Of course if you can’t get your excellence fix from the likes of K-Huff and Arne-D, you can always get Koched up on even more *innovative* ways of at last putting Tennessee’s students first. Volunteers: meet vouchers. Test scores, otherwise known as the *gold standard* of reform, indicate that vouchers are excellent, except in Milwaukee, where the voucher program provides at least 22 years of evidence that vouchers don’t work. EduOpps_WebsiteBannerAs the panelists helpfully explained, a voucher gives a kid a fighting chance because a public school’s per-pupil spending covers private school tuition DOLLAR-FOR-DOLLAR, giving kids affordable choices regardless of their socioeconomic status (which doesn’t affect students). In fact, panelist and America’s Most Trusted Educator™ Steve Perry knows education is poverty’s antidote and *great teachers are the syringe through which the antidote is delivered.* This great analogy might even make you wonder what’s in Perry’s syringe…

RTI2_triangleRTI…  RTI2…  OU812?
Fortunately, for students who are stuck in failing public schools, which I’m pretty sure are the only kind, RTI2 is here to help. Just what is RTI2, you ask? Why it’s *a three tier framework that promotes recommended practices for an integrated system connecting General and Special Education by the use of high-quality, scientifically research-based instruction and intervention.* K-Huff and the Gang jumped on this meritorious bandwagon early to provide educational triage for all students.  Tennessee already won the Race to the Top (been there, done that…), and now we’re going to head back down (which is actually up) with RTI2.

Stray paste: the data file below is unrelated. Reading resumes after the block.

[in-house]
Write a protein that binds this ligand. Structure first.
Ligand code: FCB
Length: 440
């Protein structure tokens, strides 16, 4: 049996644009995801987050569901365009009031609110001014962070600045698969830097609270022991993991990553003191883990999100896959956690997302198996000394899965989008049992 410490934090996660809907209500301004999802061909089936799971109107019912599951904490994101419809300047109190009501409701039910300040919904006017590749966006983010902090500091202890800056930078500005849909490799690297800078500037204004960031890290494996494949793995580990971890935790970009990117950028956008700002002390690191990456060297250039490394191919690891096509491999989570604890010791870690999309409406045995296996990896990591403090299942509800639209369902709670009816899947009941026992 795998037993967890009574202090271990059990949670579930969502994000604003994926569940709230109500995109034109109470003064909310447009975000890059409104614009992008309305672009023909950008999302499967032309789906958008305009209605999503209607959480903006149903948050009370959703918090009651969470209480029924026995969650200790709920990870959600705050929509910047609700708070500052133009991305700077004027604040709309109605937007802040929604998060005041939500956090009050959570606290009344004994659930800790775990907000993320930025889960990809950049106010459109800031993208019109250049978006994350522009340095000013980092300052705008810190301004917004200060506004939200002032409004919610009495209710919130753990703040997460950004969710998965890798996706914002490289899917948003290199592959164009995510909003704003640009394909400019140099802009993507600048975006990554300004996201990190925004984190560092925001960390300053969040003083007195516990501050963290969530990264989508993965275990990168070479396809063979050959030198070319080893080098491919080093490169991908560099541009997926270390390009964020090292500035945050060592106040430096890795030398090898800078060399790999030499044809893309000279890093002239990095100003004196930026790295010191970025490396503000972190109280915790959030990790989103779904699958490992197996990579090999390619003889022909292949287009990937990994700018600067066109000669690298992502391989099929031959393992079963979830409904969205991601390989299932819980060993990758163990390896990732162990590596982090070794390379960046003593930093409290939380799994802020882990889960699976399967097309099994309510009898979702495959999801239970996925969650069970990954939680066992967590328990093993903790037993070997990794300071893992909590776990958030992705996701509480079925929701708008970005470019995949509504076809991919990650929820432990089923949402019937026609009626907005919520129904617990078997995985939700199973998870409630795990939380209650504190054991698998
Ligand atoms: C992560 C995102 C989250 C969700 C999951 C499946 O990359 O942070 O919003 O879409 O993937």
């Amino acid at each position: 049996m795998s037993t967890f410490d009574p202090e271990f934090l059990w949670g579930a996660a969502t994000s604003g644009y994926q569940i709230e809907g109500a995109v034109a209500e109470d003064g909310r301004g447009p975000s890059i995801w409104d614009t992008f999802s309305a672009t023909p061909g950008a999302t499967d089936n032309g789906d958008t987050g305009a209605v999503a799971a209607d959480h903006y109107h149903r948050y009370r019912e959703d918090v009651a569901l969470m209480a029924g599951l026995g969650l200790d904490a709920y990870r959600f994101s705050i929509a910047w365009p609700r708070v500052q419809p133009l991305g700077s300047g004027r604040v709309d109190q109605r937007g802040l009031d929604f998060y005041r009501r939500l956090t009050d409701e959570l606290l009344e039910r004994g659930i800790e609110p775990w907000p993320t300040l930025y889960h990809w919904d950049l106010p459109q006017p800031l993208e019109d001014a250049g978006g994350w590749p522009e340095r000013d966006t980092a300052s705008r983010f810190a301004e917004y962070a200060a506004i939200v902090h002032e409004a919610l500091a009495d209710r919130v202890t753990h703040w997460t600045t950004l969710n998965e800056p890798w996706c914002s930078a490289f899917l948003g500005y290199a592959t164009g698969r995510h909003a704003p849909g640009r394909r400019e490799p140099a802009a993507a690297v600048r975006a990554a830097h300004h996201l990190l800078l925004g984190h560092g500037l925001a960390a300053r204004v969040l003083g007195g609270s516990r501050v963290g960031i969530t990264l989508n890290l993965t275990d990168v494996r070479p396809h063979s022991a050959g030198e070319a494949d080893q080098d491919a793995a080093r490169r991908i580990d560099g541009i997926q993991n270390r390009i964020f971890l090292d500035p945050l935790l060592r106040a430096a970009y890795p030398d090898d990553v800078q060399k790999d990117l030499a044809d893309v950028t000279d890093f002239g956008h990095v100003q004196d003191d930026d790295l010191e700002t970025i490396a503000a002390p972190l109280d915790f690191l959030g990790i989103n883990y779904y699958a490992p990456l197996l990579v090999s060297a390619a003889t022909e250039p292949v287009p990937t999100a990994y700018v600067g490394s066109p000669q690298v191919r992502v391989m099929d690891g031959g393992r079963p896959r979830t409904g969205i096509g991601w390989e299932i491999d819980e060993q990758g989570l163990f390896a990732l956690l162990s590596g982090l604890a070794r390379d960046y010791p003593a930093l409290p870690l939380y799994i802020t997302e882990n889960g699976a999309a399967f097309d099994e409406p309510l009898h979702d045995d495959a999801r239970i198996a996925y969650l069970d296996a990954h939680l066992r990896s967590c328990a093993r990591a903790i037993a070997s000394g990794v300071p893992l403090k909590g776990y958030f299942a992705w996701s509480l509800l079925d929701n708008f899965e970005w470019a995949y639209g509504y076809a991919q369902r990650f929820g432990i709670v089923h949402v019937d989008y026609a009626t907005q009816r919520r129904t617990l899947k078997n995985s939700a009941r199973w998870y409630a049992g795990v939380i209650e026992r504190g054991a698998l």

Special K
Seems like Tennessee’s teachers are jealous of not receiving nearly as much support from Governor Haslam as K-Huff does.  But Haslam has indicated that he has no plans to consider Huffman’s status until after his bid for re-election.  So will this be enough of an issue for people who might otherwise vote for Haslam? As it stands, a vote for one *H* gets you a second *H* free, not to mention all the college and career readiness you can eat. 

The Huffers
Meanwhile, The Huffers – K-Huff’s elite fan club – just can’t seem to get enough of his excellence and will continue to throw their diamond-studded undies in his direction until somebody finally announces: *Ladies and Gentlemen, K-Huff has left the state.* Hopefully that time will come soon.  

Joe Nashville is a teacher and edu-oke (education karaoke) artist. You can hear his fine work for yourself ahttp://joenashville.jimdo.com/.

 

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5 Comments

  1. Education reform is a thinly veiled class assault on the middle and low income of america. People that have tons of money send their children to schools like Phillip Exeter & Sidwell Friends, were there is no standardized testing: http://voices.washingtonpost.com/answer-sheet/dc-schools/the-irony-of-obamas-sidwell-re.html
    Instead there are plenty of extracurricular activities, sports, large airy campuses and oh yeah- CASH.
    If the president’s kids are too good for standardized tests why do he and the rest of the reformers push it down our throats?
    I am actually someone who believes that assessments (especially in regards to early childhood growth) can be an important tool in guiding educators about how a child best learns. They should not be used as a punitive tool.
    What is happening in education right now is elitest and shameful. You have to basically have a master’s degree to decipher the education debate language that is being used.

  2. From the RTI link: “TIER II SOME In addition to Tier I, extra help is provided to students who fall below the 25th percentile in basic math and reading skills. In general, 10-15 percent of students will receive Tier II services”.

    Um, the Tennessee DOE does know that 25 percent of kids fall below the 25th percentile, doesn’t it?

  3. Thanks for the posts everybody. Dienne, good point about RTI2. Our TCAP is actually criterion referenced, but I can remember something a few years ago where they were trying to figure out percentiles for those scores in order to list them on an old IEP system at my school. It was really messy to say the least, and the communication wasn’t consistent.

    But yeah, 25th percentile…